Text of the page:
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Monitoring Business Objects with ECA
Copyright 1996 Management Strategies

Presented at the 1996 OOPSLA Conference

By Leo Hsu and Regina Obe


The ECA (event-condition-action) paradigm is a simple approach for monitoring the states of business objects. ECA adds event handling capabilities to business objects using event hooks. When an event of interest takes place in the business domain, event hooks alert a centralized state monitor. The monitor then takes prescribed steps to inspect the states of objects and, if necessary, to perform remedial actions. Most object-oriented programming environments can accommodate ECA, making it a fast solution for monitoring business objects.

The ECA Paradigm

The ECA triplet consists of a triggering event, a condition, and an action. Inserting event hooks into method definitions creates triggering events. When an object, the triggering object, encounters an event hook during method execution, the event hook passes control flow to a centralized state monitor. The monitor then applies pre-formulated conditions to determine whether the triggering object is in a permissible state. The monitor can query the states of other objects, as necessary, to establish the validity of the state of the triggering object. If the state of the triggering object does not conform to the prespecified condition, then the monitor performs the actions prescribed in the action component of the ECA triplet to amend the situation or to log the state violation.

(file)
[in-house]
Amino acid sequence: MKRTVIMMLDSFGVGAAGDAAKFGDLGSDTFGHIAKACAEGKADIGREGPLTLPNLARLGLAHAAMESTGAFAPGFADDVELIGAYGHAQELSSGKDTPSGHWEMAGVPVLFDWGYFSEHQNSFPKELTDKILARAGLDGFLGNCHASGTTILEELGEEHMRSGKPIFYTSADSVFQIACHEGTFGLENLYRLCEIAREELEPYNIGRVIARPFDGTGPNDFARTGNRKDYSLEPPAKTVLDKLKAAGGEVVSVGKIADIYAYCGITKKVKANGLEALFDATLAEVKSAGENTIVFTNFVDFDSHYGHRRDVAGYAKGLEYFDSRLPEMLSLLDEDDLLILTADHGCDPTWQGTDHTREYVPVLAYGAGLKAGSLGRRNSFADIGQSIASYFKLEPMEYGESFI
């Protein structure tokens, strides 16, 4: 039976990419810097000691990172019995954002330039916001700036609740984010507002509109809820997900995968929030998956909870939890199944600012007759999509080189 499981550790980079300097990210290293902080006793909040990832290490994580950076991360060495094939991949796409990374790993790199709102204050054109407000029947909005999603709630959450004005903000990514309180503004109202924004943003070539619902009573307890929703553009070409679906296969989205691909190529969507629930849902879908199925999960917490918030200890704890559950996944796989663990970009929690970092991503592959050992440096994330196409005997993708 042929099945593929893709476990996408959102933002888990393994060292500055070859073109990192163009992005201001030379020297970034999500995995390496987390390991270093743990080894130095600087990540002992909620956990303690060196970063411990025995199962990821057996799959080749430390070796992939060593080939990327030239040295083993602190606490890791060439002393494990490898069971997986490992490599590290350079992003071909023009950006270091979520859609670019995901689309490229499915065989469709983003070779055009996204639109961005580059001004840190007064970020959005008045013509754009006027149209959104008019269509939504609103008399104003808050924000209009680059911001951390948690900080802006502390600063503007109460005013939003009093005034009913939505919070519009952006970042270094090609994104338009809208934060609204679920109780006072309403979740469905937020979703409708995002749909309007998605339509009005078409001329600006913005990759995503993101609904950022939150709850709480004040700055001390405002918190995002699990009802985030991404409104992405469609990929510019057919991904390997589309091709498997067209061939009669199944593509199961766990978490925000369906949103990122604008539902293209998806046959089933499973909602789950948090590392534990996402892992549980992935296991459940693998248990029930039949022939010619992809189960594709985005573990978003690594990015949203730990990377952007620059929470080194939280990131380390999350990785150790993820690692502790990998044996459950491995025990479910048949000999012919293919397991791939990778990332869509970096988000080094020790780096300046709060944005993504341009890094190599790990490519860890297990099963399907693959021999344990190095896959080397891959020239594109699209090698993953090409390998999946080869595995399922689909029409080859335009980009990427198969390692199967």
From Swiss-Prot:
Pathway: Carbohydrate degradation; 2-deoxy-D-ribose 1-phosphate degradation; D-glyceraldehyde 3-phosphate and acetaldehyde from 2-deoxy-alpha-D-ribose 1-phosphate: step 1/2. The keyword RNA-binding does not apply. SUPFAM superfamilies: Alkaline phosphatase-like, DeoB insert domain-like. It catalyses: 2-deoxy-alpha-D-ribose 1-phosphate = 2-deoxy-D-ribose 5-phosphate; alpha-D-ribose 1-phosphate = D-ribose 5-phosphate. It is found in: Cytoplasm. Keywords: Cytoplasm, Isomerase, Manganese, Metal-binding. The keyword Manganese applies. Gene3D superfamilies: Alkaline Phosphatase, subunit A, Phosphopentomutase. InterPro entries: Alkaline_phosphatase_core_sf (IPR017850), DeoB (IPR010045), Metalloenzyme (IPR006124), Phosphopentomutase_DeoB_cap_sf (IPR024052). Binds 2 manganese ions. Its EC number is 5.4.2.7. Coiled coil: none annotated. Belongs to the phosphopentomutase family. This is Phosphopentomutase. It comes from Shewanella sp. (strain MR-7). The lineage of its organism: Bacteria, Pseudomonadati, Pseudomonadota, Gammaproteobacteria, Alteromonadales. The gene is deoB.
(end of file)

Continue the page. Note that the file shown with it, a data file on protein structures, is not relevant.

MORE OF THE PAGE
Advantages of ECA

ECA centralizes monitoring of business objects, allowing the information domain to quickly incorporate general policy changes. Since only the centralized monitor needs to reflect policy changes, individual business objects remain intact. Centralized monitoring also allows for easier detection of conflicting policy implementations as well as a means for organizing and storing business rules.

An Example

The following example demonstrates the monitoring capabilities of ECA. Suppose that a company has a customer class with the following properties and methods:

Class: Customer

Properties: Customer ID, Outstanding Balance

Method: Set Balance

If the company wants the billing department to take action whenever the outstanding balance exceeds $1000, we can insert an event hook into the method for setting the balance, Set Balance. When the balance for a customer changes via Set Balance, the event hook signals the centralized state monitor. The monitor then checks the customer's balance to see if the balance exceeded $1000. If so, the monitor can send a message to the billing department to issue a warning letter or to terminate credit.

The centralized monitoring facilitates amendment of business rules. If the company decides to lower the threshold to $500, only the monitor needs to know, while the customer objects remain unaltered.


[1] Binder, R., "State-based Testing", Object Magazine, July-August 1995.

[2] Knolmayer, G., Herbst, H., Schlesinger, M., "Enforcing Business Rules by the Application of Trigger Concepts", Proceedings Priority Programme Informatics Research, Information Conference Module 1, Berne 1994.

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